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Homework Help: Surface Integral using Divergence Theorem

  1. Dec 7, 2008 #1
    1. The problem statement, all variables and given/known data

    Evaluate the surface Integral [tex]I=\int\int_S\vec{F}\cdot\vec{n}\,dS[/tex]

    where [tex]\vec{F}=<z^2+xy^2,x^100e^x, y+x^2z>[/tex]

    and S is the surface bounded by the paraboloid [itex]z=x^2+y^2[/itex]

    and the plane z=1; oriented by the outward normal.





    3. The attempt at a solution

    [tex]I=int\int_S\vec{F}\cdot\vec{n}\,dS=\int\int\int_E(div\vec{F})dV[/tex]

    [tex](div\vec{F})=y^2+x^2[/tex]

    [tex]\Rightarrow I=\int\int_D(\int_{z=x^2+y^2}^1(x^2+y^2)\,dz)\,dA[/tex]

    [tex]\Rightarrow I=\int\int_D(1-(x^2+y^2)\,dA[/tex]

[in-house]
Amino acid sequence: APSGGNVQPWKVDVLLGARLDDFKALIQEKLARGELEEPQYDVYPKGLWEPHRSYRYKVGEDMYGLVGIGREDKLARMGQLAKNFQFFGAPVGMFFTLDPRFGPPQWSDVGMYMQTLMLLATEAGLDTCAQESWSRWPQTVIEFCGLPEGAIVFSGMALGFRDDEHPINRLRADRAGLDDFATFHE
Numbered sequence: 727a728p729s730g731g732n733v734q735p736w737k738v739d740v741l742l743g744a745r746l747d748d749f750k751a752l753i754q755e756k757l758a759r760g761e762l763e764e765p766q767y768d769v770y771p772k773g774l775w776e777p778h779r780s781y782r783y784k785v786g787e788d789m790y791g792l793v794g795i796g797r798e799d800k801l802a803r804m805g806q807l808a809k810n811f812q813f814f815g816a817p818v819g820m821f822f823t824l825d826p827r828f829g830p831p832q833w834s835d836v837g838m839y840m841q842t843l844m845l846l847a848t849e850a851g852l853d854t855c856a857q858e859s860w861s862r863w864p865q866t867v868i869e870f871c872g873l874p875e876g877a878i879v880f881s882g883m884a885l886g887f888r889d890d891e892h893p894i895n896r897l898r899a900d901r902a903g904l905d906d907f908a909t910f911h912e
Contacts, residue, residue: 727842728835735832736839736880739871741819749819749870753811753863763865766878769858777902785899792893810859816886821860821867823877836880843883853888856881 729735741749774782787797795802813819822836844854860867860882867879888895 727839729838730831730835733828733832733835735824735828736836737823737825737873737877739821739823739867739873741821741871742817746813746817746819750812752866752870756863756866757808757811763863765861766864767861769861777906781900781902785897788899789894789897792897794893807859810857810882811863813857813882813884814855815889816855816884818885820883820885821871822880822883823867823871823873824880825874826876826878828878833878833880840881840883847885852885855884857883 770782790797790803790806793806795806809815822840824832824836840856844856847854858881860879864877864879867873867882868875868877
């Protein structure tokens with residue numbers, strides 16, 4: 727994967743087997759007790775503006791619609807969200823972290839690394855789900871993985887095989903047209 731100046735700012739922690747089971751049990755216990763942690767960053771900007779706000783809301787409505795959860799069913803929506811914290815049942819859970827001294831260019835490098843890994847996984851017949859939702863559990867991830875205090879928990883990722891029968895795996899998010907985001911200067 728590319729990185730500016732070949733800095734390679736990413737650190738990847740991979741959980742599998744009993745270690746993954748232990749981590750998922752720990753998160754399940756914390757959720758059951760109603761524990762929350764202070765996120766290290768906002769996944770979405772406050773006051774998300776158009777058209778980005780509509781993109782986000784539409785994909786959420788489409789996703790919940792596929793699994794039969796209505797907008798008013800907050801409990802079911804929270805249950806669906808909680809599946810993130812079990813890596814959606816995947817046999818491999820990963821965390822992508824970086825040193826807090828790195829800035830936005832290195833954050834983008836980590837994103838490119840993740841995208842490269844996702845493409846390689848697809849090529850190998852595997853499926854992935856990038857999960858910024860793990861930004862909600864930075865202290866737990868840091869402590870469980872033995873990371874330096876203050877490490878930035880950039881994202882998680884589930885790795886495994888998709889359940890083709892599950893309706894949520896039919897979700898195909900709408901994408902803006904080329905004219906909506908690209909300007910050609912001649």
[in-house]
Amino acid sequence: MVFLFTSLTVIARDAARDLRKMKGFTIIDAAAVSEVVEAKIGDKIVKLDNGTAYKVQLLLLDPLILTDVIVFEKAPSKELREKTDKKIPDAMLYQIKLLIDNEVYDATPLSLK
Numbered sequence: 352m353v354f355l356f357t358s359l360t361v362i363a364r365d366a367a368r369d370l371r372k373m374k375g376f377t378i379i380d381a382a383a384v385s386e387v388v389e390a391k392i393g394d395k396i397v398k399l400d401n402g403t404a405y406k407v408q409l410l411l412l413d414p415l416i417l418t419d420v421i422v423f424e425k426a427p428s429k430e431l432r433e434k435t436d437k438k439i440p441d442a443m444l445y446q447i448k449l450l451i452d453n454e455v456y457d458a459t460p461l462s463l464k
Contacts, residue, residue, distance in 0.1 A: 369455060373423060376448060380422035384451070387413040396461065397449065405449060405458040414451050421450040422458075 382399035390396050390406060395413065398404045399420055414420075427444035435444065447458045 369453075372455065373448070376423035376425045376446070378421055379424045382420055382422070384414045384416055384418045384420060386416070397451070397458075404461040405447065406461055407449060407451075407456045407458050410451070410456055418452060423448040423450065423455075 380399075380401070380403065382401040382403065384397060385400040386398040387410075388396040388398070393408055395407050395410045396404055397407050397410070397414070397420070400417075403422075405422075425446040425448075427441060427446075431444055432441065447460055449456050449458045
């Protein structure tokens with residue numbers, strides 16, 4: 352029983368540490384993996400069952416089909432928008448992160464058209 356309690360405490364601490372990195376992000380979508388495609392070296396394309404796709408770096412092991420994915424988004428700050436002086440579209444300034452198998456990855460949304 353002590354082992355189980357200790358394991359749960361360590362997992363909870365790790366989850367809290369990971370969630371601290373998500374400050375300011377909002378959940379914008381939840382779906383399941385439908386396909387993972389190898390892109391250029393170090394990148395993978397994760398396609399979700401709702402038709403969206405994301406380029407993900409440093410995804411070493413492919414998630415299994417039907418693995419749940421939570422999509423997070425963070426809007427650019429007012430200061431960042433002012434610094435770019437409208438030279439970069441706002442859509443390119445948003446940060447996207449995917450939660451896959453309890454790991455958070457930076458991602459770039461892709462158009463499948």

Is it just Polar Coordinates all the way home now?

    Thanks,
    Casey
     
  2. jcsd
  3. Dec 7, 2008 #2

    Dick

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    No, I don't think that's right. The integral of f(x,y)dz is z*f(x,y), isn't it? Try evaluating that between the limits again.
     
  4. Dec 7, 2008 #3
    I am sorry, where are you referring to?
    The divergence of F= x^2+y^2 That is f(x,y), now if I integrate that wrt z
    ohh! I forgot to include the factor of f(x,y) so it should be

    [tex] I=\int\int_D(x^2+y^2)*(1-(x^2+y^2)\,dA[/tex]

    yes? Now Polar?
     
  5. Dec 7, 2008 #4

    Dick

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    Now polar.
     
  6. Dec 7, 2008 #5
    Polar bears. Polar beers. Sweet numchuck skills Dick. Thanks.
     
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